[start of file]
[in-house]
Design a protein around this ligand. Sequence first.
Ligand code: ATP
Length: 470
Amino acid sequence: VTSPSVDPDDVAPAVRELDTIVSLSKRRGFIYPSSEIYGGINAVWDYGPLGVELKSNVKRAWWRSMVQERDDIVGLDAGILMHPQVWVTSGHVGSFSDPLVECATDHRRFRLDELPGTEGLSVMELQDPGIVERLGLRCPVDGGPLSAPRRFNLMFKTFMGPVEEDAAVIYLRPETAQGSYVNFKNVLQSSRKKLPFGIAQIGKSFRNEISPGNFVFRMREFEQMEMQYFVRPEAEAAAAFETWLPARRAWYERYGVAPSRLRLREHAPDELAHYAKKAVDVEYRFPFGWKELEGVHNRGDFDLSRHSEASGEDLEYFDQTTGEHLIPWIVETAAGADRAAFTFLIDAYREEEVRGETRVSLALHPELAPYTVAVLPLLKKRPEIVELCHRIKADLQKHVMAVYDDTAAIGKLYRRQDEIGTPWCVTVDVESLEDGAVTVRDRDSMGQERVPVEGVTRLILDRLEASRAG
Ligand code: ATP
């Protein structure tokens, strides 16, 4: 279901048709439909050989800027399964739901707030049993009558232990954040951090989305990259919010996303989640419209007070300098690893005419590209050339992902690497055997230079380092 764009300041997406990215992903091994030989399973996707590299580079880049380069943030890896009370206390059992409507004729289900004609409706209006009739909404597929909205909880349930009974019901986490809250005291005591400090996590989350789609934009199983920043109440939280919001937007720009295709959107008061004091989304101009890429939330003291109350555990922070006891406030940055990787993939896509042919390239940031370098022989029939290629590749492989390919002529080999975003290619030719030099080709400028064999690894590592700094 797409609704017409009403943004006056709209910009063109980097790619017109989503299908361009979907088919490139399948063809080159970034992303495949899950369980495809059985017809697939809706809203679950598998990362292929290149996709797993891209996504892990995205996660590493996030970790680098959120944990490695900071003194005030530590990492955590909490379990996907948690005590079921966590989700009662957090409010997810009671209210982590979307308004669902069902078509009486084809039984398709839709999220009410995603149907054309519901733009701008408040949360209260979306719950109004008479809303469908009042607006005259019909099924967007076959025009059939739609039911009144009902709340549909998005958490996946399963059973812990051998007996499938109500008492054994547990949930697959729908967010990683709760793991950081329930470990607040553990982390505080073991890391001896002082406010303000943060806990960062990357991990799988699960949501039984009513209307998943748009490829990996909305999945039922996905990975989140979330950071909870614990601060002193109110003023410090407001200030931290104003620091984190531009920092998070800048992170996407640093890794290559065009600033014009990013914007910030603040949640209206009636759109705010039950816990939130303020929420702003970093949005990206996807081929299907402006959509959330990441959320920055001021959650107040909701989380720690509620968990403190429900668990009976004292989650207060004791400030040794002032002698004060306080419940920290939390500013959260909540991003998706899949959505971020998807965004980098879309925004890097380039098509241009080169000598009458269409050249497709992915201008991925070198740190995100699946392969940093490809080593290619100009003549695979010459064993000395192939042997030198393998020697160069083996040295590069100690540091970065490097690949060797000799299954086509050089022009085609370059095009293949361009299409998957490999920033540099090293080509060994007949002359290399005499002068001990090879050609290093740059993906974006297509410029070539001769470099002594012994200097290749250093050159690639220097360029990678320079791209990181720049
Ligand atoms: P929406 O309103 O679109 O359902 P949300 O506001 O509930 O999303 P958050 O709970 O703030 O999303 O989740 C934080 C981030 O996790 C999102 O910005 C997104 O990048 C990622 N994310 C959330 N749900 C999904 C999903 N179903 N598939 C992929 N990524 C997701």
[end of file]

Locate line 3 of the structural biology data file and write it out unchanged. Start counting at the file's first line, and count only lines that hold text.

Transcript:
Ligand code: ATP